Natural Disasters in Australia

January 2nd, 2008

Posted by: Roger Pielke, Jr.

Here (in PDF) is an interesting analysis by researchers at Macquarie University in Australia:

The collective evidence reviewed above suggests that social factors – dwelling numbers and values – are the predominant reasons for increasing building losses due to natural disasters in Australia. The role of anthropogenic climate change is not detectable at this time. This being the case, it seems logical approach that in addition to reducing greenhouse gas emissions, equivalent investments be made to reduce society’s vulnerability to current and future climate and climate variability.


We are aware of few policies explicitly developed to help Australian communities adapt to future climate change (Leigh et al., 1998). One positive example is improved wind loading codes introduced in the 1980s as part of a National Building Code of Australia. These codes have been mentioned already and were introduced for all new housing construction following the destruction of Darwin by Tropical Cyclone Tracy in 1974. As a result, dramatic reductions in wind-induced losses were observed following Tropical Cyclones Winifred (1986) and Aivu (1989) (Walker, 1999) and most recently, Larry (2006) (Guy Carpenter, 2006). While these measures were introduced in response to the immediate threat from current climatic events, the benefits will hold true under any future.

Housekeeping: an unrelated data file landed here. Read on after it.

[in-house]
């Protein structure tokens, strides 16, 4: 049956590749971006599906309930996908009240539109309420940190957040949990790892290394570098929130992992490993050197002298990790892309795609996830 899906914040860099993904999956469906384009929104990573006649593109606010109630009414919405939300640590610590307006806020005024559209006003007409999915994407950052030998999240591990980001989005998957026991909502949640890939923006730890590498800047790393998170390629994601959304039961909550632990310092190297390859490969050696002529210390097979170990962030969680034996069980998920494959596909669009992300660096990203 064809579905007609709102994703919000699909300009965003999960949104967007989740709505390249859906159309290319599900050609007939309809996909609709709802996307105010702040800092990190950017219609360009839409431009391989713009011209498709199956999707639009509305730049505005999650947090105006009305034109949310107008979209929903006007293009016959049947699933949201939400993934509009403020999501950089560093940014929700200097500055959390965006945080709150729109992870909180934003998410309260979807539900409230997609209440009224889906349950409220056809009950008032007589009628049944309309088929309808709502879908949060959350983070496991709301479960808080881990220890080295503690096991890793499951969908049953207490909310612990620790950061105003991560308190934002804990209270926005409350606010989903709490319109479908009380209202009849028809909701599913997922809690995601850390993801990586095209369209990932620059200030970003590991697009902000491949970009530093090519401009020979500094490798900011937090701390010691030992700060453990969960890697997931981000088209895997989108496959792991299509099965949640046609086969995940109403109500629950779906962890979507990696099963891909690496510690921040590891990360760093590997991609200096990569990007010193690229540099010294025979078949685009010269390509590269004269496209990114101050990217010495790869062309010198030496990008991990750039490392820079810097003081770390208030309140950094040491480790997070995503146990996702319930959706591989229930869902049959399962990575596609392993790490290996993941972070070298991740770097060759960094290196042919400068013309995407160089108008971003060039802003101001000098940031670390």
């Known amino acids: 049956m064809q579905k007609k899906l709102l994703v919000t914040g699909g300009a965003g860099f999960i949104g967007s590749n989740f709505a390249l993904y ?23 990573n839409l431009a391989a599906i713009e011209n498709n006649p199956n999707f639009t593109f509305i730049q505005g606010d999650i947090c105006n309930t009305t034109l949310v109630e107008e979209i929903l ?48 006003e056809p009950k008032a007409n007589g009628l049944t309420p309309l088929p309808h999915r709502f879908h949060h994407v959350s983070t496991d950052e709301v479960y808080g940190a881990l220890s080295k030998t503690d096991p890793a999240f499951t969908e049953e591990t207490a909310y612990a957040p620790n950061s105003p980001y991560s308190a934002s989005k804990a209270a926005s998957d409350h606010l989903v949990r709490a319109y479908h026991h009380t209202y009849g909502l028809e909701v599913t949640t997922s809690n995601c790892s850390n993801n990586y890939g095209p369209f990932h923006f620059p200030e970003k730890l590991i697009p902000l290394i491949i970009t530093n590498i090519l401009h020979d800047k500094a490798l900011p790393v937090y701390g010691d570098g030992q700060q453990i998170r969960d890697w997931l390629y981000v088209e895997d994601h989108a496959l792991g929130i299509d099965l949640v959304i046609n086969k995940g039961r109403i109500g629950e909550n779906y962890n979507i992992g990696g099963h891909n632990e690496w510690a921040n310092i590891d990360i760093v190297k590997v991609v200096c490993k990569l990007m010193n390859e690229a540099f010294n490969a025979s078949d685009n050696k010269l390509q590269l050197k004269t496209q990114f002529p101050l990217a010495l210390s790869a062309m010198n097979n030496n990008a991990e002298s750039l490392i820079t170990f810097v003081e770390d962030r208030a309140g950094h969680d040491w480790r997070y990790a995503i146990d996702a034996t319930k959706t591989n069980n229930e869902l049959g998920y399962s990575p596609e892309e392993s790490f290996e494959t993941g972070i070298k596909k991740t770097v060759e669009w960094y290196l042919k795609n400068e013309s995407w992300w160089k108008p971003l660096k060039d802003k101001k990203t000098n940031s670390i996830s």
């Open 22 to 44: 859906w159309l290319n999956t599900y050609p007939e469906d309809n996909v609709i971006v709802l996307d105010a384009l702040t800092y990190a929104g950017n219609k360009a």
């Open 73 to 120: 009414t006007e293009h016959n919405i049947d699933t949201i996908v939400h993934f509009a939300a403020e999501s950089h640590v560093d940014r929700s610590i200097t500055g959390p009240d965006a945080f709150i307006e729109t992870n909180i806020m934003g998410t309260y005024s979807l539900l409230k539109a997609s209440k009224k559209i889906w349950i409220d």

An increased threat from bushfires under global climate change is often assumed. However, our analyses suggest that while the prevalence of conditions leading to bushfires is likely to increase, the impact is unlikely to be as dramatic as the combined changes of all of the other factors that have so far failed to materially affect the likelihood of bushfires losses over the last century. This is not to ignore the threat posed by global climate change, but, at least in the case of fire in Australia, the main menace will continue to be the extreme fires. The threat to the most at-risk homes on the bushland-urban interface can only be diminished by improved planning regulations that restrict where and how people build with respect to distance from the forest. Again these are political choices.

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